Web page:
So I re-brewed the same recipe and fermented in a different vessel. The beer has been kegged a little less than a week now, but also exhibits a slight nail polish remover smell, but no vinegar. The nail polish remover smell was quite a bit stronger when I first kegged the beer, though. I am reasonably certain that this beer is not infected.
I had an extremely vigorous fermentation - from 1.050 down to 1.012 in 4 days. I left the beer in primary another week after FG was reached before kegging. Perhaps overpitching was to blame after all, or maybe it really is stir plate induced stress? This would be the first time I've ever gotten that, and I use my stir plate to make a starter for every batch. I pitched a decanted 1 liter starter of WLP029 into 3.5 gallons of wort and set the regulator to 62. If there was an excess of acetyl CoA rapidly produced early on but not needed for reproduction because either the initial cell density was too high or the malt sugars metabolized too quickly, then I suppose it could esterify into ethyl acetate. I'm just a little shocked, because I often hear about people getting away with large pitch rates of WLP029 and getting a cleaner beer, not an estery one.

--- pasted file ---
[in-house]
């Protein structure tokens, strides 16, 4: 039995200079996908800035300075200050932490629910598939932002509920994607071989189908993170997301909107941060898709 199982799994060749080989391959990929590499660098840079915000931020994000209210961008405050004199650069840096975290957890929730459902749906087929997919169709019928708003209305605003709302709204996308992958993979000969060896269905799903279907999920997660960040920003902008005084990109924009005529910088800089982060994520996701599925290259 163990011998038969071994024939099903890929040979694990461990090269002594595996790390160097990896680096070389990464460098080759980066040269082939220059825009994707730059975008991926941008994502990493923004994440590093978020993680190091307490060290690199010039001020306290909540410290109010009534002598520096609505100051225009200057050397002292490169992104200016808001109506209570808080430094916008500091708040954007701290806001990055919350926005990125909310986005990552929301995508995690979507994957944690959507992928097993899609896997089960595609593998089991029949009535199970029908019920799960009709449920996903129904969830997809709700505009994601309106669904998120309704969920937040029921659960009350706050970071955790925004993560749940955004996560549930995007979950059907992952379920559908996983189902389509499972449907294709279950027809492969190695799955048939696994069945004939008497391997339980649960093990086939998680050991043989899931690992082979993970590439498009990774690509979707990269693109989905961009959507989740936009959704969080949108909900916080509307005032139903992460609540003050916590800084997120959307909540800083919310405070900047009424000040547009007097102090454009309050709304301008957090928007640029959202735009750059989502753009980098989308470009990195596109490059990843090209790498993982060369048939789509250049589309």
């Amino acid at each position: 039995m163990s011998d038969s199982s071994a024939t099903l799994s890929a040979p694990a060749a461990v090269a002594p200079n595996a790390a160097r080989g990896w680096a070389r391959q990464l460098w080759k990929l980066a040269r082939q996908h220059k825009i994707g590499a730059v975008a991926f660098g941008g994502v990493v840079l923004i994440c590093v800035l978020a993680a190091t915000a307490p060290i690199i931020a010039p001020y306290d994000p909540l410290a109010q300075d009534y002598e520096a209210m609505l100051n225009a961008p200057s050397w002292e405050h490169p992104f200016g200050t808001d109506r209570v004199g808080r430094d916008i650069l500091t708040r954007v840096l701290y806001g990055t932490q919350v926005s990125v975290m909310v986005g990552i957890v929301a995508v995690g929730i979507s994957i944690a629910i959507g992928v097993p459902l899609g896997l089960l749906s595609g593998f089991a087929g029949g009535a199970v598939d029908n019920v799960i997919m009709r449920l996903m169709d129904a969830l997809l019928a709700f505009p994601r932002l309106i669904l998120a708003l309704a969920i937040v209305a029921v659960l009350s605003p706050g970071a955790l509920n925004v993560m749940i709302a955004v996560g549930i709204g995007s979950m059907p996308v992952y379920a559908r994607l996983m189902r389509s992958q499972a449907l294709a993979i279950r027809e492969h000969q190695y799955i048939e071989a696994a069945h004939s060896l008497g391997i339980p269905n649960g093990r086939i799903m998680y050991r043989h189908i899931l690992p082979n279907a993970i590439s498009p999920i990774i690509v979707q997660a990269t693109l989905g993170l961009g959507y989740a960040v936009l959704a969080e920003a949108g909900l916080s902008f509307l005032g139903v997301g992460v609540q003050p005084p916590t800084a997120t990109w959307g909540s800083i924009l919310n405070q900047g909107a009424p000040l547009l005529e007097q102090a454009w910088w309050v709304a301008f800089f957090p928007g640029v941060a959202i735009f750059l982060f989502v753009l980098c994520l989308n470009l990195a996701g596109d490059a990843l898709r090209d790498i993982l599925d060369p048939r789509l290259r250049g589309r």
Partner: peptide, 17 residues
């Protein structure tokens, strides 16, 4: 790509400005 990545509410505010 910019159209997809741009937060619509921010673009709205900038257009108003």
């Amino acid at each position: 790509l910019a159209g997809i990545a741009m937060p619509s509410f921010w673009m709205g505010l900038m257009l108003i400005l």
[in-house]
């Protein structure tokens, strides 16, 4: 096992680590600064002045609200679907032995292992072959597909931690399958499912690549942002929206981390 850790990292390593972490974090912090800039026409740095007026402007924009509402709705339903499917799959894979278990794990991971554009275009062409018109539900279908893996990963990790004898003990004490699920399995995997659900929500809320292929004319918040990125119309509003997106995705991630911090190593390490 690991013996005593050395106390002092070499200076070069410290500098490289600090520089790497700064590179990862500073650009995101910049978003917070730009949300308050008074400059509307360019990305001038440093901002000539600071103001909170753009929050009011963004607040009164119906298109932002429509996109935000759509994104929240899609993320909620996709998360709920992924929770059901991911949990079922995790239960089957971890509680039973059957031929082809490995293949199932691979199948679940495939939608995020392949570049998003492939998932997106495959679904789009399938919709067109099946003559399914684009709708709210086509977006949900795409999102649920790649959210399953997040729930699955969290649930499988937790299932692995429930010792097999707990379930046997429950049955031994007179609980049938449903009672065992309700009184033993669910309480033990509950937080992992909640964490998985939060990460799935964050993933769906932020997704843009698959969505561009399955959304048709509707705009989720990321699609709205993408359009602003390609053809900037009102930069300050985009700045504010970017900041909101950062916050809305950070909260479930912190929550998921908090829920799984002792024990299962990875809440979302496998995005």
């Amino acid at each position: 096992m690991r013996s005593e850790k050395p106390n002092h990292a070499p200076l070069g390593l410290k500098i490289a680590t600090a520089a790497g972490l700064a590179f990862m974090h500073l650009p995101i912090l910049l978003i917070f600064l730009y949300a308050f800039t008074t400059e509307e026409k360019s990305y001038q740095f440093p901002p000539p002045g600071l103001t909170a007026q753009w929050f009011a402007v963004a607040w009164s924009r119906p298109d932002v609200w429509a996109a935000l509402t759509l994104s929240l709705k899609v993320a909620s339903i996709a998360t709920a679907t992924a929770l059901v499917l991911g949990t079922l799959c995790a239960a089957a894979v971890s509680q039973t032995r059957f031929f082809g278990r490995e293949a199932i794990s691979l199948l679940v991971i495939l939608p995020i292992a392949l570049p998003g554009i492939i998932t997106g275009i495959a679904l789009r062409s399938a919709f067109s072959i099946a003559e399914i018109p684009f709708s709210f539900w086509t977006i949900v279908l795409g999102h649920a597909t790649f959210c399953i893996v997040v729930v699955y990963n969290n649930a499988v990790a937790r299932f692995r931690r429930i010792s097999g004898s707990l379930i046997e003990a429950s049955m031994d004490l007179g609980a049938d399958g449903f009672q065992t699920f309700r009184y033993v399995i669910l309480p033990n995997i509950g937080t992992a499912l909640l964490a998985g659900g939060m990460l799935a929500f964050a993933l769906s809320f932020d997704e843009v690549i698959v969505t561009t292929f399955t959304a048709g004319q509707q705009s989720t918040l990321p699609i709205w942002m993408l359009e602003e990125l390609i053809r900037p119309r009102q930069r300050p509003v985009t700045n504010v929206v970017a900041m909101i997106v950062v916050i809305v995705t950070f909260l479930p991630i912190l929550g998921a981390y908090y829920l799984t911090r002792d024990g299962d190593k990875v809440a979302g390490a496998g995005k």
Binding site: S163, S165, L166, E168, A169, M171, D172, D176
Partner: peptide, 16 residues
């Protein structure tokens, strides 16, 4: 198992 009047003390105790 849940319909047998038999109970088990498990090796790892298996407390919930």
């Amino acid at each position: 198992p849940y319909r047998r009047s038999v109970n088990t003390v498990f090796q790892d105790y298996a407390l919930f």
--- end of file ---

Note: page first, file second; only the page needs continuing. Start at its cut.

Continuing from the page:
The 15 or so batches prior to this one have been lagers that turned out great, including one that got a gold medal in a BJCP comp. I guess I just got used to making big starters.
I'll likely try to re-brew this recipe again soon, perhaps with a smaller pitch rate and a slower setting on my stir plate.